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    Hamlet analysis

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    Chahra

    انثى عدد الرسائل : 118
    العمر : 26
    العمل/الترفيه : طالبة
    المزاج : happy
    تاريخ التسجيل : 01/04/2011

    Hamlet analysis

    مُساهمة من طرف Chahra في الأحد ديسمبر 18 2011, 13:53

    Hamlet Soliloquy Analysis
    ‘Oh What a rogue and Peasant Slave I Am’ (Act 2, Scene 2)

    Mankind has told stories throughout the generations, fascinating and enthralling one another with tales of woe, humour and passion. The power of a story has always lain primarily within our desire to observe characters that we can relate to, believe in and understand. That is perhaps the area in which Shakespeare's works have always excelled, as he masterfully utilises numerous devices to draw the audience into his character's minds. The most prominent example of this is his frequent use of soliloquies throughout Hamlet. Through this literary device, Hamlet unveils to us the intricacies of his heart and soul, most specifically his anger, selfishness and gullibility.
    At the end of Act 2, Hamlet’s soliloquy ‘Oh what a rogue and peasant slave I am I?’ conveys his emotional upheaval at the events around him. Throughout this speech, his emotional journey takes him from self-disgust to solving the act.
    The soliloquy concerns Hamlet's delay of action. He feels ashamed that he has not avenged his father's death with the speed and expression exhibited by the actors in the play. Hamlet compares his inaction to the dramatic expression the actor exhibits for the death of his character's father. “What would he do, / Had he the motive and cue for passion/ That I have” (II, ii, 512-514) Hamlet is amazed that the actor can conjure such emotions without a real impetus, while he is incapable of doing anything in response to his father's murder. Hamlet then calls himself a coward for his inability to say anything in defence of his father. “Am I a coward” (II, ii, 523) This is ironic because he is concentrating on the actor's expression of grief, not a proactive response, which will only inhibit one's action. Hamlet never discusses the act of vengeance, only the actor's ability to cleave the general ear with “horrid speech” (II, ii, 515). Hamlet also displays his low self-esteem in this soliloquy as he sarcastically describes his inaction. This is most brave, “That I, the son of a dear father murdered, Prompted to my revenge by heaven and hell, Must like a whore unpack my heart with words And fall a-cursing like a very drab…(II, ii, 536-539). Hamlet is his own worst critic throughout the play. Through this statement, Hamlet incites himself to the point that he plans some action. “The play's the thing/ Wherein I'll catch the conscience of the king” (II, ii, 567-568). He plans to put on a play that will mirror his father's murder in order to see Claudius' guilty reaction. Finally, Hamlet makes a plan.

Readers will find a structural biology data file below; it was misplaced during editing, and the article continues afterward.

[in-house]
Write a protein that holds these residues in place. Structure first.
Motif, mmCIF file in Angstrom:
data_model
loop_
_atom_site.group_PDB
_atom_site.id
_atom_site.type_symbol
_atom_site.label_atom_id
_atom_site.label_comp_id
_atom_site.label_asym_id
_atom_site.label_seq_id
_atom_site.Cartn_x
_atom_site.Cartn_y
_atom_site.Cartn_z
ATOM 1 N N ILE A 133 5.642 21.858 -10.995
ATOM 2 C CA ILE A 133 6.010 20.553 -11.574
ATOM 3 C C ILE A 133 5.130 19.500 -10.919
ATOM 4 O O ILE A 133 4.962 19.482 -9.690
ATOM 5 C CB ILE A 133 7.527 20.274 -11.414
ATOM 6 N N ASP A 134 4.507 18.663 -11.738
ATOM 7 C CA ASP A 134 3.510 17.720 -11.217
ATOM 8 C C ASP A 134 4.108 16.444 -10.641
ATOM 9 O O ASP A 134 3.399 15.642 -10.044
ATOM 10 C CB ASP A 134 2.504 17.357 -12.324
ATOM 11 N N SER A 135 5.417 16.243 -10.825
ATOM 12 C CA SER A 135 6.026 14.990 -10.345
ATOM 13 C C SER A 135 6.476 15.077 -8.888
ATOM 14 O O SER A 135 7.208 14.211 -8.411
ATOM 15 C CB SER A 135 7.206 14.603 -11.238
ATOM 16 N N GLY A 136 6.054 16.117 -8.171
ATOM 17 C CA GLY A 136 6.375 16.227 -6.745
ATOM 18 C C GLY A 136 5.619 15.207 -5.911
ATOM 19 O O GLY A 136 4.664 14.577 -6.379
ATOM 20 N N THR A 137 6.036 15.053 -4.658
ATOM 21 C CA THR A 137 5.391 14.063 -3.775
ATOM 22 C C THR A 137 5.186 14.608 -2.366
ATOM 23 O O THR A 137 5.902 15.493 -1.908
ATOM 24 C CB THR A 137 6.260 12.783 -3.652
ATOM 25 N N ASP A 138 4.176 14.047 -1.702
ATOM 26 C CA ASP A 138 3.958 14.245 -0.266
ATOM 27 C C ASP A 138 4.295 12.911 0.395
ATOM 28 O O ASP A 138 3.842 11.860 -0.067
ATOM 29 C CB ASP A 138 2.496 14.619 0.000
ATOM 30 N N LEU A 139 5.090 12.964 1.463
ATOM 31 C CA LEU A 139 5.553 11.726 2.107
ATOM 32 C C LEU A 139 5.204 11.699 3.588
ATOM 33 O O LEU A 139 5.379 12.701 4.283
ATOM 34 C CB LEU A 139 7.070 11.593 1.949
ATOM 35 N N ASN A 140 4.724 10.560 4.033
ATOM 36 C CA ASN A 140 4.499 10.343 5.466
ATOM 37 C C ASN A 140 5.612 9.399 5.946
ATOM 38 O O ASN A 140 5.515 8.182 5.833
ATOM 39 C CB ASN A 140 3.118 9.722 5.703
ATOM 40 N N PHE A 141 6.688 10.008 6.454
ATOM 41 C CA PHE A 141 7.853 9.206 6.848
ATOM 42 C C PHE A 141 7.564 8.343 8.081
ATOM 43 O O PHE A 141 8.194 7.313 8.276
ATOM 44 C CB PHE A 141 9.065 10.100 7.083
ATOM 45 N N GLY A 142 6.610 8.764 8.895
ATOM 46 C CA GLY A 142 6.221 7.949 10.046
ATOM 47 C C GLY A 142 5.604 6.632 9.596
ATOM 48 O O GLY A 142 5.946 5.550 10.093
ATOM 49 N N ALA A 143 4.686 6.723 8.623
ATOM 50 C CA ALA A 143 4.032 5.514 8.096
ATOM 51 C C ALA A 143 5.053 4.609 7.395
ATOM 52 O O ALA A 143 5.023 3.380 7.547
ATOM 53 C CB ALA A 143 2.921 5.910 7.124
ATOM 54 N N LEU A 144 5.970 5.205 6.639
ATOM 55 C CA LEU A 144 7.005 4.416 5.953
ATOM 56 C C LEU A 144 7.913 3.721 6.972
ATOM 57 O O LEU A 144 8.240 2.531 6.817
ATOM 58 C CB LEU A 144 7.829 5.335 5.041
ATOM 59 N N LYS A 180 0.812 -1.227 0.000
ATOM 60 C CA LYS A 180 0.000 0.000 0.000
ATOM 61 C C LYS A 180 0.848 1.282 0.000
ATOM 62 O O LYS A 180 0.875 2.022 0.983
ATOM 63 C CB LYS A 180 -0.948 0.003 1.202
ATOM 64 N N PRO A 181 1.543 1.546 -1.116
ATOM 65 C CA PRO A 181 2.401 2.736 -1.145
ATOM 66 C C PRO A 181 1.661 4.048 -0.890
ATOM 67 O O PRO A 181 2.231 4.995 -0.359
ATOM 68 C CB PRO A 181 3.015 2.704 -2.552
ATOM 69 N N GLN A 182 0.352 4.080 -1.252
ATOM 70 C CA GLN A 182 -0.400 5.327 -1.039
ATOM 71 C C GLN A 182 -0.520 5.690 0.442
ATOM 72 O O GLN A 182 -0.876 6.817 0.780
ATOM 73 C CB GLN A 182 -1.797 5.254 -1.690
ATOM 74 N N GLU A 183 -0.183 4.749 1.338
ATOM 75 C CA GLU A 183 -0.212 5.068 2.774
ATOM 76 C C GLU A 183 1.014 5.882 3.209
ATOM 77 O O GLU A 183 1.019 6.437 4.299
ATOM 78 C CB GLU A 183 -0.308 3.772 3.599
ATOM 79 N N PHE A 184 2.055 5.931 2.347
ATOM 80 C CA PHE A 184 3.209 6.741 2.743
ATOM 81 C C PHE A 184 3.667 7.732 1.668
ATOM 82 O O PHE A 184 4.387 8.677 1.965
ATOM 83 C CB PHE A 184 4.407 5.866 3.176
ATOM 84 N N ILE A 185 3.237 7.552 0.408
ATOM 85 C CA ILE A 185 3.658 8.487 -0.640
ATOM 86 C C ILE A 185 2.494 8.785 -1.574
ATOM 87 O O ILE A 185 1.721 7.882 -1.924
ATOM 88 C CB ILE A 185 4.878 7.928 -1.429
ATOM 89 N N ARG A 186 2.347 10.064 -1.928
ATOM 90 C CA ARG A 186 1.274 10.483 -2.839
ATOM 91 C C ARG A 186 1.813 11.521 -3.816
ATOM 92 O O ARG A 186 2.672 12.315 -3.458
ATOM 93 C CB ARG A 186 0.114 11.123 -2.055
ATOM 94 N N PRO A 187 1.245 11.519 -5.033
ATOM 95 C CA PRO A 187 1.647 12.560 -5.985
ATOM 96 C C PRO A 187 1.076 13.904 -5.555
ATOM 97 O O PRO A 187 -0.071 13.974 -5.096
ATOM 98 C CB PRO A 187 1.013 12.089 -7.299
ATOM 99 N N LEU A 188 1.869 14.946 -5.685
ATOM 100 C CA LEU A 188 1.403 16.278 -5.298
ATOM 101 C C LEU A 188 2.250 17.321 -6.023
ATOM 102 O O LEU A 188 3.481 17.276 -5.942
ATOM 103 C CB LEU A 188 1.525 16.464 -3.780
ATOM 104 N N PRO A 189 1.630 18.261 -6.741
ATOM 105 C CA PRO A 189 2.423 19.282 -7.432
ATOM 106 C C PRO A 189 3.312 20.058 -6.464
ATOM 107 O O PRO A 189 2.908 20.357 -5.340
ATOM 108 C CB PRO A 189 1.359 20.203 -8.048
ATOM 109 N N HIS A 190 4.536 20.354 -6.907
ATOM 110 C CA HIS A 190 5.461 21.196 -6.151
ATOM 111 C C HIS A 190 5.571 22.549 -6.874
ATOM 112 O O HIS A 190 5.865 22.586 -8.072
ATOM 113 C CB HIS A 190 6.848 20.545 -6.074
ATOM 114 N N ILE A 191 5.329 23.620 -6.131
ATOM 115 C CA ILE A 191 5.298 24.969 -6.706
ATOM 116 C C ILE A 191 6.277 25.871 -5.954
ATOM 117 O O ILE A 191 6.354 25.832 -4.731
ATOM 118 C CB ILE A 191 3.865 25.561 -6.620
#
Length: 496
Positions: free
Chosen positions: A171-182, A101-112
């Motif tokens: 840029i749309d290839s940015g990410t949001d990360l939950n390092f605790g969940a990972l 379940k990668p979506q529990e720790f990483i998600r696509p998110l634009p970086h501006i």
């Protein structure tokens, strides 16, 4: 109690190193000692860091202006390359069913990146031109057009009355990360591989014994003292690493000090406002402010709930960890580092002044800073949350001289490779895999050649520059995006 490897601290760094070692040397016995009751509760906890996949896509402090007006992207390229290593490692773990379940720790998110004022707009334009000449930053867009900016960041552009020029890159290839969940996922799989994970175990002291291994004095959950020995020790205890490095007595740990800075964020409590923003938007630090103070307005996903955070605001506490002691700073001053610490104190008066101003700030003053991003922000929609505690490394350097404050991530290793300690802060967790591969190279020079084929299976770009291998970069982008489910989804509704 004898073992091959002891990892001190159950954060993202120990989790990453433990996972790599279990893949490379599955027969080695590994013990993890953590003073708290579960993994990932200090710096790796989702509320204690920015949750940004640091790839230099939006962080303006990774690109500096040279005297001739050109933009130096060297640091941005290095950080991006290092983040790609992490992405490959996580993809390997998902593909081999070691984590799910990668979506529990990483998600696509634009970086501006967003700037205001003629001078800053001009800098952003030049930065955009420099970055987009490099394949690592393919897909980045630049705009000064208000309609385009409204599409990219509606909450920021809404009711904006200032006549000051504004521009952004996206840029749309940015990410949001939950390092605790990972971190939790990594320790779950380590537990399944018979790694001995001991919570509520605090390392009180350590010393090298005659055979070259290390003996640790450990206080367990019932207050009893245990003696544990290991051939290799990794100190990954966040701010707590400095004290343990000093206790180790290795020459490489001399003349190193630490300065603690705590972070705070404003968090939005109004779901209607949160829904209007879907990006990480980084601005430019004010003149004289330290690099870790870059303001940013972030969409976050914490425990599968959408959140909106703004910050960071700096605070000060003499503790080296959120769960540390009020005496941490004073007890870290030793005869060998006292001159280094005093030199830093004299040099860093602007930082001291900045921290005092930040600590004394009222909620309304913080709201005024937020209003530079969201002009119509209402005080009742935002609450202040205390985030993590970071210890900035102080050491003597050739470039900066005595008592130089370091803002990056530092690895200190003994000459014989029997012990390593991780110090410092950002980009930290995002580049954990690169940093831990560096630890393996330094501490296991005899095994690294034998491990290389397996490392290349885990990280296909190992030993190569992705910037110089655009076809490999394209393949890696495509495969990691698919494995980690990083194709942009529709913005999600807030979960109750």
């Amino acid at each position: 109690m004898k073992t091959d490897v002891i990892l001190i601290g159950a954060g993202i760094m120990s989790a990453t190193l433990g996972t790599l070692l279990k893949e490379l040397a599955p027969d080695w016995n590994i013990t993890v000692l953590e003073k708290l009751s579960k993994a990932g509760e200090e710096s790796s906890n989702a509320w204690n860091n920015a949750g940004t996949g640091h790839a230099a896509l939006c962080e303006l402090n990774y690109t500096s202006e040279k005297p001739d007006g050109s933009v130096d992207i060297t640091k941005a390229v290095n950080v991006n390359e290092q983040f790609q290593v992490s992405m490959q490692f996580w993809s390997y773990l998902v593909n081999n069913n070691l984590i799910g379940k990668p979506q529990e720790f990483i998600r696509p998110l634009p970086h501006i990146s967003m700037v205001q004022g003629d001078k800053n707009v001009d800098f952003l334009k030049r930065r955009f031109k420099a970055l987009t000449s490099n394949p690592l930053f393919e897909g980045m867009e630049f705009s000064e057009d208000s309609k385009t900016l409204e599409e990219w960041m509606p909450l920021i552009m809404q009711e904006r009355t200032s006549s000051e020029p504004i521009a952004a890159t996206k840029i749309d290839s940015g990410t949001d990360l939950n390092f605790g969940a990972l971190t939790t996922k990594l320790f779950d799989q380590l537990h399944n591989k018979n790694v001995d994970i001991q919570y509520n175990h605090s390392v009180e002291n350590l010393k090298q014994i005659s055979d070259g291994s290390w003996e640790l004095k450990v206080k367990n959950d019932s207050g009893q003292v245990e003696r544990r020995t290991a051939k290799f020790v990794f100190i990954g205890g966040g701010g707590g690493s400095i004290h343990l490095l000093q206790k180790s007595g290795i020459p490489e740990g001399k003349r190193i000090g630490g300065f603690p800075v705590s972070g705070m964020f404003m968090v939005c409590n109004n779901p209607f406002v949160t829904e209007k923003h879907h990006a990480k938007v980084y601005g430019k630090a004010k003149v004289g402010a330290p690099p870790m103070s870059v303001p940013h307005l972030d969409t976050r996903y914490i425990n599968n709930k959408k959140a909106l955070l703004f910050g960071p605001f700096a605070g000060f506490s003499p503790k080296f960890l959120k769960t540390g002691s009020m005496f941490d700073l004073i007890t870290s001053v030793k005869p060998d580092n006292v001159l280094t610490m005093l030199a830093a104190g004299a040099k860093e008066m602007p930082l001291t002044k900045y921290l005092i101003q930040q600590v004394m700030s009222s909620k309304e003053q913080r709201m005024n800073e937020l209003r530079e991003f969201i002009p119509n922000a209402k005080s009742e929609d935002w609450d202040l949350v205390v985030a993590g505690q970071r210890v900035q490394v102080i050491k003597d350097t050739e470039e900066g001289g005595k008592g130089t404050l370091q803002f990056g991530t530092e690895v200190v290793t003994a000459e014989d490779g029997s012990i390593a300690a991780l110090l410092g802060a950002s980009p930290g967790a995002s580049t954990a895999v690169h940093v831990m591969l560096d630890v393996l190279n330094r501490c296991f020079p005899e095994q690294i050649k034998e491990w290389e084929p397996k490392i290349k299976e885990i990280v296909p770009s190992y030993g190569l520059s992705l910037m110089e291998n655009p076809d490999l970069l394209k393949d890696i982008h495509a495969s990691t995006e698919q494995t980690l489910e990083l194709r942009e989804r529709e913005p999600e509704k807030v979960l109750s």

Shakespeare varies Hamlet’s language with relentless changes in tone, the peaks of rage inter-cut “Bloody, Bawdy Villain!” (II, ii, 532) with short moments of profound depression (Yet I / A dull and muddy- mettled rascal” (II, ii, 518-519) or of incredulous questioning “Who does me this?” (II, ii, 527). This emphasises Hamlet’s intensive emotional journey throughout the speech and lack of stability. The constant change in the tone mimics the constant change in Hamlet’s environment, which Shakespeare expresses through his language.

    Throughout this speech the audience’s perception of Hamlet may change as the soliloquy gives a deeper insight into his persona. The audience can perceive Hamlet as extremely self deprecating and insecure “O What a rogue slave am I” (II, ii, 502) The audience can relate to the responsibility undertagken by Hamlet that he does not know how to fufill. As a result, he is unsure of himself and unable to arrive at a quick decision and take action. Despite his determination to carry out revenge, he procrastinates too long and allows time to slip by without doing a thing to avenge his fathers death.
    Furthermore, he finds that he has been thrown into an emotional situation that demands a decision against which his morals revolt. Raised a Christian, he believes in forgiveness rather that in revenge; therefore, the responsibility for avenging his father's death completely transforms him and he is unsure of who to believe.

    Thus, the soliloquy gives us a further understanding into his persona and rational behind his actions which steer the course of the tragedy. Shakespeare uses this to help the audience identify with the character to help create suspense and belief in the play, Hamlet.

      الوقت/التاريخ الآن هو الإثنين مارس 27 2017, 15:35